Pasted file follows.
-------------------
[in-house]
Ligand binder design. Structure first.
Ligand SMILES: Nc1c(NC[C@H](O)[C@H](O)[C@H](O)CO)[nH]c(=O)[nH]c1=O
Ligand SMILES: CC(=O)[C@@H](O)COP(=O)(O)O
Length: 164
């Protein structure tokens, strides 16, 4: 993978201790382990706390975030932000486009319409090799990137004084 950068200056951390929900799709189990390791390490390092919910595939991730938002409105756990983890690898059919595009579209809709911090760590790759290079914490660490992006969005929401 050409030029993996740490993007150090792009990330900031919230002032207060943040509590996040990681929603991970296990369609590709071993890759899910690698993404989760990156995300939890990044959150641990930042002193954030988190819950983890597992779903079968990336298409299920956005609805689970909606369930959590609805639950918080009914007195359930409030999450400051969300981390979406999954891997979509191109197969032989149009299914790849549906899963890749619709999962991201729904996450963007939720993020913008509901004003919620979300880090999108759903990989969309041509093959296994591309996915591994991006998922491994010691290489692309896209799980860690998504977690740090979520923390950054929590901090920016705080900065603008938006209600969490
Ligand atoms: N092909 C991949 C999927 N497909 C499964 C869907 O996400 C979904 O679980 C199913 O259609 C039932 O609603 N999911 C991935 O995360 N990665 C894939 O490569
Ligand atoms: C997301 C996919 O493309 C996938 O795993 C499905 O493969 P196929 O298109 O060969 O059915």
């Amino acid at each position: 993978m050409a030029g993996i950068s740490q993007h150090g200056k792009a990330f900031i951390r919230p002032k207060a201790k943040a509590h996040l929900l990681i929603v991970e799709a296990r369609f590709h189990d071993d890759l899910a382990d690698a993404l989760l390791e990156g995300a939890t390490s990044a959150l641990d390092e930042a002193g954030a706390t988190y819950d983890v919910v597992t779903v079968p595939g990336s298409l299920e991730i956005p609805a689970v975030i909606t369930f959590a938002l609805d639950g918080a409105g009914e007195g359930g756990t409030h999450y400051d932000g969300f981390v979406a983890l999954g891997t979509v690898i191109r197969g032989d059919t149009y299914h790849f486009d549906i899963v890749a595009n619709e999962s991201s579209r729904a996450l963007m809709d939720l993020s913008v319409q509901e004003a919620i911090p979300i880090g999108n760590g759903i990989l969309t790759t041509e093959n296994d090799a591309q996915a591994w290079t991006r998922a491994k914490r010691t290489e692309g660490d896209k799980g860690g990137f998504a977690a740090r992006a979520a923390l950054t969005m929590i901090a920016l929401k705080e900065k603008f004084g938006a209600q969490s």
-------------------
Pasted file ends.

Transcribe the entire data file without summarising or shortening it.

[in-house]
Ligand binder design. Structure first.
Ligand SMILES: Nc1c(NC[C@H](O)[C@H](O)[C@H](O)CO)[nH]c(=O)[nH]c1=O
Ligand SMILES: CC(=O)[C@@H](O)COP(=O)(O)O
Length: 164
């Protein structure tokens, strides 16, 4: 993978201790382990706390975030932000486009319409090799990137004084 950068200056951390929900799709189990390791390490390092919910595939991730938002409105756990983890690898059919595009579209809709911090760590790759290079914490660490992006969005929401 050409030029993996740490993007150090792009990330900031919230002032207060943040509590996040990681929603991970296990369609590709071993890759899910690698993404989760990156995300939890990044959150641990930042002193954030988190819950983890597992779903079968990336298409299920956005609805689970909606369930959590609805639950918080009914007195359930409030999450400051969300981390979406999954891997979509191109197969032989149009299914790849549906899963890749619709999962991201729904996450963007939720993020913008509901004003919620979300880090999108759903990989969309041509093959296994591309996915591994991006998922491994010691290489692309896209799980860690998504977690740090979520923390950054929590901090920016705080900065603008938006209600969490
Ligand atoms: N092909 C991949 C999927 N497909 C499964 C869907 O996400 C979904 O679980 C199913 O259609 C039932 O609603 N999911 C991935 O995360 N990665 C894939 O490569
Ligand atoms: C997301 C996919 O493309 C996938 O795993 C499905 O493969 P196929 O298109 O060969 O059915």
């Amino acid at each position: 993978m050409a030029g993996i950068s740490q993007h150090g200056k792009a990330f900031i951390r919230p002032k207060a201790k943040a509590h996040l929900l990681i929603v991970e799709a296990r369609f590709h189990d071993d890759l899910a382990d690698a993404l989760l390791e990156g995300a939890t390490s990044a959150l641990d390092e930042a002193g954030a706390t988190y819950d983890v919910v597992t779903v079968p595939g990336s298409l299920e991730i956005p609805a689970v975030i909606t369930f959590a938002l609805d639950g918080a409105g009914e007195g359930g756990t409030h999450y400051d932000g969300f981390v979406a983890l999954g891997t979509v690898i191109r197969g032989d059919t149009y299914h790849f486009d549906i899963v890749a595009n619709e999962s991201s579209r729904a996450l963007m809709d939720l993020s913008v319409q509901e004003a919620i911090p979300i880090g999108n760590g759903i990989l969309t790759t041509e093959n296994d090799a591309q996915a591994w290079t991006r998922a491994k914490r010691t290489e692309g660490d896209k799980g860690g990137f998504a977690a740090r992006a979520a923390l950054t969005m929590i901090a920016l929401k705080e900065k603008f004084g938006a209600q969490s």